It is important to remember that essentially no measurement method can be 100% accurate, and that the environment in which they are operating can affect the accuracy of all means of measurement.
Duty is charged on the volume of oil.
However, oil changes density with temperature, so as its temperature increases, the same amount of oil will take up more space or volume.
To measure oil consistently for duty purposes, the volume must therefore be calculated at a single temperature.
Accounting for oil
Oil is accounted for by what is known as standard temperature accounting (STA) - the volume the oil would take up at 15ºC whether or not the oil is actually at 15ºC at the time it is measured. Only metric units (litres) can be used. (See paragraph 16.15.1.).
The volume expressed in litres at 15ºC is known as standard litres.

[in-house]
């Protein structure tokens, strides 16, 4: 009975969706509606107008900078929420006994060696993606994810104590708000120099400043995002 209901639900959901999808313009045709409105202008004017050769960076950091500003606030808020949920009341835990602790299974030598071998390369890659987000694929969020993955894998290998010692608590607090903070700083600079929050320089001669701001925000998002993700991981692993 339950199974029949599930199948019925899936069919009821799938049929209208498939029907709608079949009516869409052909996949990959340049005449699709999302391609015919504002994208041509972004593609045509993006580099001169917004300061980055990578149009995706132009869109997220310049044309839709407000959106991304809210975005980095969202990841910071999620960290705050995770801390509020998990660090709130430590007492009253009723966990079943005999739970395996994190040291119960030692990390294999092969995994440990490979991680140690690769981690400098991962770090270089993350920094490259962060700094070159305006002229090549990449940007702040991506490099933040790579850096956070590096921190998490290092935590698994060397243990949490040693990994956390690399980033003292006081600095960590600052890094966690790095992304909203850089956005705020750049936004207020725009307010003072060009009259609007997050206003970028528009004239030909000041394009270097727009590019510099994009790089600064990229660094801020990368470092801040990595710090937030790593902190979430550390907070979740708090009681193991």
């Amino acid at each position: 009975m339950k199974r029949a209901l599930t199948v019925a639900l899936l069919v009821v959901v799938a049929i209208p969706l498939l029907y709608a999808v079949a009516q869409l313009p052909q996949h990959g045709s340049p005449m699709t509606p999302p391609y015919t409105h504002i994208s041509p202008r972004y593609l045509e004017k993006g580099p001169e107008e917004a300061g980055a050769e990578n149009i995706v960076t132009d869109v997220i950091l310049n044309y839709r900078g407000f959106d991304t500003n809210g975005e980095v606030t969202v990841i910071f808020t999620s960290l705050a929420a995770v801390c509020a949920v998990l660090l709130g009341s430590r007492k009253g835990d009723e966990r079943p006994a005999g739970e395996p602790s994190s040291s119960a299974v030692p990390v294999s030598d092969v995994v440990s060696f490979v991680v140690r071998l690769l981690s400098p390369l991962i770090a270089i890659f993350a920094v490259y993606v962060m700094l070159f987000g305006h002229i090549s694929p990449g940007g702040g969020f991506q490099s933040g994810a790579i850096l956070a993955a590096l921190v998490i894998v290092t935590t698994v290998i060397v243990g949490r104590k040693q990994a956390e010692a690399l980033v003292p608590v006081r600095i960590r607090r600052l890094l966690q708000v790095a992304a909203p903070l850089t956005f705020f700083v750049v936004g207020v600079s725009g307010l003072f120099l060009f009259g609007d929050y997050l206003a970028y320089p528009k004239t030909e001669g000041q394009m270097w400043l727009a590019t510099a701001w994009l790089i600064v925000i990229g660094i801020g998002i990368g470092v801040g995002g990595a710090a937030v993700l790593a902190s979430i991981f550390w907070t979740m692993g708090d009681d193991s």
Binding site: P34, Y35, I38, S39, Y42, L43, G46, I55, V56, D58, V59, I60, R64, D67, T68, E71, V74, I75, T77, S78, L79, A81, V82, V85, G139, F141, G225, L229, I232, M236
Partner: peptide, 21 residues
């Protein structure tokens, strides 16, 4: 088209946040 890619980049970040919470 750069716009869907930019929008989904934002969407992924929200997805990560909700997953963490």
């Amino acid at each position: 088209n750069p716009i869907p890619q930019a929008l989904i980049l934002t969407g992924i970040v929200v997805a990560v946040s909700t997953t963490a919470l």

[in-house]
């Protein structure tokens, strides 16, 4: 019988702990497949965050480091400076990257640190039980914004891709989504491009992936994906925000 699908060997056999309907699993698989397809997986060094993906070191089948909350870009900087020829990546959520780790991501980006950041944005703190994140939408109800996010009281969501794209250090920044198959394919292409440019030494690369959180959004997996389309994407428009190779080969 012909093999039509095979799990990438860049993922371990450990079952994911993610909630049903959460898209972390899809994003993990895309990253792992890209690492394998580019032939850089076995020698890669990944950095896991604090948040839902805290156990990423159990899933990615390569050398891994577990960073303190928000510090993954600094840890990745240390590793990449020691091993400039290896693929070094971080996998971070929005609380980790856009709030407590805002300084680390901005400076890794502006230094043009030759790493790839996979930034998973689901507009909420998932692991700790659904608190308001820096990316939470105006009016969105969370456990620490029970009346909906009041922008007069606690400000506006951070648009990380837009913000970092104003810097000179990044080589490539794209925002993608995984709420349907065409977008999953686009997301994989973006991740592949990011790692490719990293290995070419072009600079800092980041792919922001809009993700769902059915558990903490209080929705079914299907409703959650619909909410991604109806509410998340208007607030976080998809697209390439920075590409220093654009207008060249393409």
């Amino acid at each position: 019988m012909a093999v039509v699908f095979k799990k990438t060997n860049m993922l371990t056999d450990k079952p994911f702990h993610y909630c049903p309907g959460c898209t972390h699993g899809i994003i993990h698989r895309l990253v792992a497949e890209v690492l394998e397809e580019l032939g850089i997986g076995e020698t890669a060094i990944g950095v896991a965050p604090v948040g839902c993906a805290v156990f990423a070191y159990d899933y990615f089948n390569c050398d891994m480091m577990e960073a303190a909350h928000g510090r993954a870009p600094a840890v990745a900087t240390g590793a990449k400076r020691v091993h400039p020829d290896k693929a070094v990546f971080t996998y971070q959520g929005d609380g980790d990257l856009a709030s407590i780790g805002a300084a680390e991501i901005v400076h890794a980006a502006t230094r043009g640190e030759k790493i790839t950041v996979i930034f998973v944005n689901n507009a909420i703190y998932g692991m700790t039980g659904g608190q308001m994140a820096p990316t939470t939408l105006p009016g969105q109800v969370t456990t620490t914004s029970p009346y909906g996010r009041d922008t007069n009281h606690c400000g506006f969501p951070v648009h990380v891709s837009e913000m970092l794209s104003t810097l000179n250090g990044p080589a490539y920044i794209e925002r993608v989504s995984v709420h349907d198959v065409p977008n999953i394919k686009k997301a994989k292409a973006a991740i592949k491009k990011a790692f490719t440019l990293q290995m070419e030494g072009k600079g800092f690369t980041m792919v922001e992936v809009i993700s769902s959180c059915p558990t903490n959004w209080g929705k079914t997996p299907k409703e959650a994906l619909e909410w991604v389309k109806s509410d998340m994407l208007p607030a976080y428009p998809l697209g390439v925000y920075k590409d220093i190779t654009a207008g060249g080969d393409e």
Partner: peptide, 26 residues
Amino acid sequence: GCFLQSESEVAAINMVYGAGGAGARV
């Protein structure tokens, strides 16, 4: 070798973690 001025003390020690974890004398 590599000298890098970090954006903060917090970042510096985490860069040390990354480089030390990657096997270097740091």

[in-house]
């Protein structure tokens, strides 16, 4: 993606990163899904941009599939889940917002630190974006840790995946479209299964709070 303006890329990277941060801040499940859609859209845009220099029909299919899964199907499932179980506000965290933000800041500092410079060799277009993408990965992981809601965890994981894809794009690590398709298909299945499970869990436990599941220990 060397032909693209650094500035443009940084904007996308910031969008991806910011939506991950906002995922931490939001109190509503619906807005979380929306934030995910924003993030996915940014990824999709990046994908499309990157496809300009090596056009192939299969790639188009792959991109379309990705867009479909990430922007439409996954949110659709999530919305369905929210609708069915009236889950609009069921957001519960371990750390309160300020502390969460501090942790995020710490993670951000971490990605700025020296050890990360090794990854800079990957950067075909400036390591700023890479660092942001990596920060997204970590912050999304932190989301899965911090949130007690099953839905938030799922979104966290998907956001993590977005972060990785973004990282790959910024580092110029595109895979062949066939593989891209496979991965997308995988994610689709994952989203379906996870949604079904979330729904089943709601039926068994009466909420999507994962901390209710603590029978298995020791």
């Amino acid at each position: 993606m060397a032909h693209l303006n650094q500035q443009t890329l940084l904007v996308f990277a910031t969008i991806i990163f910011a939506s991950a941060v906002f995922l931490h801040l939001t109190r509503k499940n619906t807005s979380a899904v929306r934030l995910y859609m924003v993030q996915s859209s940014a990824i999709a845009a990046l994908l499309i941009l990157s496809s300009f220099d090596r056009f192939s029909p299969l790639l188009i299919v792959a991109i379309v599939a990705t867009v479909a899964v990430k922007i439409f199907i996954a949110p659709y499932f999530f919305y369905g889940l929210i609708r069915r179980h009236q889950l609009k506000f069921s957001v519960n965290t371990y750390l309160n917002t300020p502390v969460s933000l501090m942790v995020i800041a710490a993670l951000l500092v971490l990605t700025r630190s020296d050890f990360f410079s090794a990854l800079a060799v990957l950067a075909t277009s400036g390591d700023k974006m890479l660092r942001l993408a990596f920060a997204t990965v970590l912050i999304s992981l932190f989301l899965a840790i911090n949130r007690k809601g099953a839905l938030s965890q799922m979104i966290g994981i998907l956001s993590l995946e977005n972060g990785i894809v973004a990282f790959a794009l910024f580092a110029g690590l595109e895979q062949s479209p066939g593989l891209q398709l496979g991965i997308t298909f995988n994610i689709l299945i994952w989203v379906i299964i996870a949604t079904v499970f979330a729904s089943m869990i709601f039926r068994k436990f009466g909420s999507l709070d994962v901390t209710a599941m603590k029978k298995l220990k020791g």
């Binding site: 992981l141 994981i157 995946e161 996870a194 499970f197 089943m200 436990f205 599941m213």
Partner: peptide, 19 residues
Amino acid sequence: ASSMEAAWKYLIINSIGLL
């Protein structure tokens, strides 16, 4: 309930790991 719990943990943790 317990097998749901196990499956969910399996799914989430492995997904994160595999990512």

The volume of the oil to be accounted for at its actual temperature, at the time of measurement, is known as bulk litres (or as ‘observed’ or ‘measured’ litres).
Principles of measurement
The principle of measuring, laid down in Notice 179, is that the trader uses the most accurate method available to them. If this fails, we may allow a less reliable method to be used; however the trader cannot then just pick and choose a method to suit themselves, and there must be safeguards in place to protect the duty and to prevent any revenue loss where the trader chooses to use an alternative method.
Metering for large oil companies is increasingly linked to computer systems and has a high degree of automation, removing many of the physical checks that used to be carried out.
However as there are a growing number of bio-diesel and other fuel substitute producers registering premises for small scale production, the use of physical checks may become increasingly important.